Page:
Why Do Borrowers Default on Mortgages?
There are three prevailing theories of mortgage default: strategic default (driven by negative equity), cash-flow default (driven by negative life events), and double-trigger default (where both negative triggers are necessary). It has been difficult to test between these theories in part because negative life events are measured with error. We address this measurement error using a comparison group of borrowers with no strategic default motive. Our central finding is that only 6 percent of underwater defaults are caused exclusively by negative equity, an order of magnitude lower than previously thought. We then analyze the remaining defaults. We find that 70 percent are driven solely by negative life events (i.e., cash-flow defaults), while 24 percent are driven by the interaction between negative life events and negative equity (i.e., double-trigger defaults). Together, the results provide a full decomposition of the three theories underlying borrower default and suggest that negative life events play a central role.
We are particularly grateful for many fruitful conversations with Kanav Bhagat that helped shape the analysis in this paper. We thank John Campbell, Joao Cocco, and Marco Giacoletti for generously sharing code and for very helpful comments. We further thank Joao Cocco, Angus Foulis, Amir Kermani, and Paul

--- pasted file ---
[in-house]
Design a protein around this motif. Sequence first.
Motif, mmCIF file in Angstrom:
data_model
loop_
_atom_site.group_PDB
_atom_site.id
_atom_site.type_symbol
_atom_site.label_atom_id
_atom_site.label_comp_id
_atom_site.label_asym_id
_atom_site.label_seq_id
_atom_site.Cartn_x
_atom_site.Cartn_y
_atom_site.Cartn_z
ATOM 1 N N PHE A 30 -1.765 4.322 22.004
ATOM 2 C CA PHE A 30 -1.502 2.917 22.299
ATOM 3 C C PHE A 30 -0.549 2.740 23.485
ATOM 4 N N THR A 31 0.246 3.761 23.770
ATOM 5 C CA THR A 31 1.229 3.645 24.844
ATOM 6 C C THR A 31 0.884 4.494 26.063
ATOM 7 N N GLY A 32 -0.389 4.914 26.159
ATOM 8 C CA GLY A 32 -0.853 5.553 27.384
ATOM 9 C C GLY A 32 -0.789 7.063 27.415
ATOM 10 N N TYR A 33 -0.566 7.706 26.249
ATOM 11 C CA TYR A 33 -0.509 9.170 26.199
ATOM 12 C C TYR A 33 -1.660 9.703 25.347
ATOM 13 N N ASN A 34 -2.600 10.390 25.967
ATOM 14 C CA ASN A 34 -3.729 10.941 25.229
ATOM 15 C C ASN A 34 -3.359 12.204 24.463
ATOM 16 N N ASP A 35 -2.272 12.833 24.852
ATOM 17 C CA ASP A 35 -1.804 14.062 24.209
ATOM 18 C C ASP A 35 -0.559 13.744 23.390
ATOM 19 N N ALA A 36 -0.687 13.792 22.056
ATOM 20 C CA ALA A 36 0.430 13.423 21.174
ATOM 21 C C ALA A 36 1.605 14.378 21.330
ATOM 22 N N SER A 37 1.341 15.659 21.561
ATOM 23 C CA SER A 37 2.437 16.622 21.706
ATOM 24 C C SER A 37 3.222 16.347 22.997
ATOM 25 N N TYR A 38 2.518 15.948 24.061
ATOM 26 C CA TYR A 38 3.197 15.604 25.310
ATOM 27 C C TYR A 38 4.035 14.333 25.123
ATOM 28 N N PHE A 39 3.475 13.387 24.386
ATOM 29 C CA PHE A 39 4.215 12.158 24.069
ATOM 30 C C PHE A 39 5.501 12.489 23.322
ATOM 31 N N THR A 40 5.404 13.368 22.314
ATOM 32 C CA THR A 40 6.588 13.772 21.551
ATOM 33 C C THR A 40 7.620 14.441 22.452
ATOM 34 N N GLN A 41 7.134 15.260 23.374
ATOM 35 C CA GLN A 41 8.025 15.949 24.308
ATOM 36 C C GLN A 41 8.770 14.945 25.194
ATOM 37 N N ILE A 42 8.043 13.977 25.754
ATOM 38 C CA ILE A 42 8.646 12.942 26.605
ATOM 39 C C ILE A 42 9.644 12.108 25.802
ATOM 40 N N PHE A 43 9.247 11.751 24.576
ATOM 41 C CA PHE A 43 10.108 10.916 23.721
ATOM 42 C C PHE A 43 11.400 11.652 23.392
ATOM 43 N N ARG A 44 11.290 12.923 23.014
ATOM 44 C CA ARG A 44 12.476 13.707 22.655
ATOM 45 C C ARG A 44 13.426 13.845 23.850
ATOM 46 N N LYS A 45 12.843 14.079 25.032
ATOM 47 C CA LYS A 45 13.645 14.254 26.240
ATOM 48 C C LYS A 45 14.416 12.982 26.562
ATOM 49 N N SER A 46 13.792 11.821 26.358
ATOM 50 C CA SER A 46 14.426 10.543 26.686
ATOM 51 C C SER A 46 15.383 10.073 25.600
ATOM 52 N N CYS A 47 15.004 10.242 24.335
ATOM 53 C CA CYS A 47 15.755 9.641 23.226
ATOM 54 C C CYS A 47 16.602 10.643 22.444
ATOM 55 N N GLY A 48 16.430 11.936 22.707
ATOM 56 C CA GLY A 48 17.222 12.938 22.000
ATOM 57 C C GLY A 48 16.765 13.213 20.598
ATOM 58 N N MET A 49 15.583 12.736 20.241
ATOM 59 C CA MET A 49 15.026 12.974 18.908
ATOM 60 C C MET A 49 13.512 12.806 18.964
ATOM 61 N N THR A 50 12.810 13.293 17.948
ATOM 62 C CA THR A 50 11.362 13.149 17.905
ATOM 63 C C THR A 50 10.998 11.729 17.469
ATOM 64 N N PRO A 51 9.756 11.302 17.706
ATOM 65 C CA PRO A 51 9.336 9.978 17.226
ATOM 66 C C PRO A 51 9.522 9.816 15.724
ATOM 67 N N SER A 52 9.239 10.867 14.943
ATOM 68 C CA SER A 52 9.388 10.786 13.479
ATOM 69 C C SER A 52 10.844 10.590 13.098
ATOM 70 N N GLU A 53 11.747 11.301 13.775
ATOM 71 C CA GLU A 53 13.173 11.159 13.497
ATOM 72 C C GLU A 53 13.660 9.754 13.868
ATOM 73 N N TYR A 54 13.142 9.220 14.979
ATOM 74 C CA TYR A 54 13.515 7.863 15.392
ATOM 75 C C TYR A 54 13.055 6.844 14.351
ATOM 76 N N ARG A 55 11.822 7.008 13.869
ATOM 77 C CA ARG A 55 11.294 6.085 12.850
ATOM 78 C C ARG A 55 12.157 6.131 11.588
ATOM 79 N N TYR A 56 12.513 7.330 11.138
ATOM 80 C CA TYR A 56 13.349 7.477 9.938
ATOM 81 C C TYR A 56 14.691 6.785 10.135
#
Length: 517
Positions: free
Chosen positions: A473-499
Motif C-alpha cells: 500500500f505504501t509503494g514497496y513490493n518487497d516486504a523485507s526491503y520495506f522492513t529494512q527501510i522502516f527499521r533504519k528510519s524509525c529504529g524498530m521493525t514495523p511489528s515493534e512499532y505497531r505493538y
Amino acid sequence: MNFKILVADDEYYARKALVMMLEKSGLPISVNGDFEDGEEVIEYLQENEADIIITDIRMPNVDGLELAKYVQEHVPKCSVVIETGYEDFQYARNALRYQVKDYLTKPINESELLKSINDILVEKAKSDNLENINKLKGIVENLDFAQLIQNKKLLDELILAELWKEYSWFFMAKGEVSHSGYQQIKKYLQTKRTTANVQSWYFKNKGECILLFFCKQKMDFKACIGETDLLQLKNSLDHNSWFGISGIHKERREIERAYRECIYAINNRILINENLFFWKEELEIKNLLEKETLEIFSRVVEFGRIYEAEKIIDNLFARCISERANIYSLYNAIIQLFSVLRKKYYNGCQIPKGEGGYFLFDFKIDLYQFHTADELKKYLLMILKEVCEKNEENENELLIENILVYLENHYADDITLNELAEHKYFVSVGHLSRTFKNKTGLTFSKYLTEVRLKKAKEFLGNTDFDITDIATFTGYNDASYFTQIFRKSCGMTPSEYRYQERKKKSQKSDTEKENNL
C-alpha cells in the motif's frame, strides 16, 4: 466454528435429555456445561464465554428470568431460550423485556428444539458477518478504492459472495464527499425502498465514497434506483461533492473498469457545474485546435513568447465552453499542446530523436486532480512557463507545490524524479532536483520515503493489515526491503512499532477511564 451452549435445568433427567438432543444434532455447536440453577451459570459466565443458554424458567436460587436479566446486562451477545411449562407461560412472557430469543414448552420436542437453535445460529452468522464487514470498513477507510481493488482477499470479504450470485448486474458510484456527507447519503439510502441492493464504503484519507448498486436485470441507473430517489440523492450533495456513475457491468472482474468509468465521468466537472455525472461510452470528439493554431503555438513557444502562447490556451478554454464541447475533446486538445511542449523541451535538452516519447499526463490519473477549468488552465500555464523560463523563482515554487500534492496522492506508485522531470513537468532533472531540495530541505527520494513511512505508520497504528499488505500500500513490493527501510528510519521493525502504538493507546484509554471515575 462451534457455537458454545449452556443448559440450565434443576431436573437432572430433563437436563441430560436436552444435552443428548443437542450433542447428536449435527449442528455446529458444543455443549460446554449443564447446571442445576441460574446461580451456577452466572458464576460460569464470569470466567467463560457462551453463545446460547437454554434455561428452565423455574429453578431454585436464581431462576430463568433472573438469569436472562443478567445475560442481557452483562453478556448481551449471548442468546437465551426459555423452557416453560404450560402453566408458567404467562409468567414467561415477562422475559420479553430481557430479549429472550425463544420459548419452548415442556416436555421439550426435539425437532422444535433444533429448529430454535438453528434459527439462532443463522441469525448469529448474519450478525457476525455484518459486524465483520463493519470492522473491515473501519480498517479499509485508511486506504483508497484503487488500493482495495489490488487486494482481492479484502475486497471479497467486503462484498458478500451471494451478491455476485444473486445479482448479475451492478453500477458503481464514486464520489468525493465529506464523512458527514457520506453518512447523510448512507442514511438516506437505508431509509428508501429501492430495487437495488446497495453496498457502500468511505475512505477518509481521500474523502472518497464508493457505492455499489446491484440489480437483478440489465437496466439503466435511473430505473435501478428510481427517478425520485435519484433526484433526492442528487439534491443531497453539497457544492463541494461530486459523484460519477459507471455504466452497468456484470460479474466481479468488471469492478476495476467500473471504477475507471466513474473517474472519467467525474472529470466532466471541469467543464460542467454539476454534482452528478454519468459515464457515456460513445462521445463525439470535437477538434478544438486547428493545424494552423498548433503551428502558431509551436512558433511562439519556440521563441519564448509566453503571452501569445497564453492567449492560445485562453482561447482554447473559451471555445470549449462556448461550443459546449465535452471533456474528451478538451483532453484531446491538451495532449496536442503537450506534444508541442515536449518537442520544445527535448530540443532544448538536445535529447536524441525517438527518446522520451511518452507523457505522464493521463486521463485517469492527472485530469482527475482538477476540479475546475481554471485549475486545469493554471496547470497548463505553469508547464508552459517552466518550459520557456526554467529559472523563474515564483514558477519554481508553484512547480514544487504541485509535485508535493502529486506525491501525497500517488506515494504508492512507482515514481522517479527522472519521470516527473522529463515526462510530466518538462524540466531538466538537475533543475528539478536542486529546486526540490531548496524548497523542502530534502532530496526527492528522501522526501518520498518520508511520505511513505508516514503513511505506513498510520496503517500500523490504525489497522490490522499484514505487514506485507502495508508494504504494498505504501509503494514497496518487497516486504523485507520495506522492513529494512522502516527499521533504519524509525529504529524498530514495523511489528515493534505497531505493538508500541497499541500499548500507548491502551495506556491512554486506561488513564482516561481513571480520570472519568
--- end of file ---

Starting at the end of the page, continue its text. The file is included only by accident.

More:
Willen for serving as discussants on this paper. We also thank Neil Bhutta, Adam Guren, Kyle Herkenhoff, Peter Hull, Erik Hurst, Koichiro Ito, Anil Kashyap, Ben Keys, David Matsa, Neale Mahoney, Atif Mian, Jack Mountjoy, Mikkel Plagborg-Moller, Matthew Notowidigdo, Christopher Palmer, Jesse Shapiro, Amir Sufi, Joseph Vavra, Robert Vishny, Paul Willen, Luigi Zingales, and Eric Zwick for helpful conversations. We thank seminar participants at AEA, AREUEA, Bank of England, the Becker Friedman Institute, Berkeley Haas, Brown, BYU, the Central Bank of Ireland, Copenhagen University, CUNY, Dartmouth, Duke, Federal Reserve Bank of Boston, FHFA, GBURES, HBS, HEC, IMF, LBS, MFA, Michigan, Minnesota, MIT Sloan, NBER Summer Institute, NYU, the Stanford Institute for Theoretical Economics, TAMU, University of Chicago Law School, and UCLA for helpful comments. We thank Ari Anisfeld, Rei Bertoldi, Therese Bonomo, Guillermo Carranza Jordan, Timotej Cejka, Lei Ma, Roshan Mahanth, Liam Purkey, Peter Robertson, Nicolas Wuthenow, and Katie Zhang for excellent research assistance. This research was made possible by a data-use agreement between the authors and the JPMorgan Chase Institute (JPMCI), which has created de-identified data assets that are selectively available to be used for academic research. All statistics from JPMCI, including medians, reflect cells with at least 10 observations. The opinions expressed are those of the authors alone and do not represent the views of JPMorgan Chase & Co. While working on this paper, the authors were compensated for providing research advice on public reports produced by the JPMCI research team. We gratefully acknowledge the financial support of the Center for Research in Security Prices, the Fama-Miller Center, the Initiative on Global Markets, the Kathryn and Grant Swick Faculty Research Fund, and the Fujimori/Mou Faculty Research Fund at the University of Chicago Booth School of Business. The views expressed herein are those of the authors and do not necessarily reflect the views of the National Bureau of Economic Research.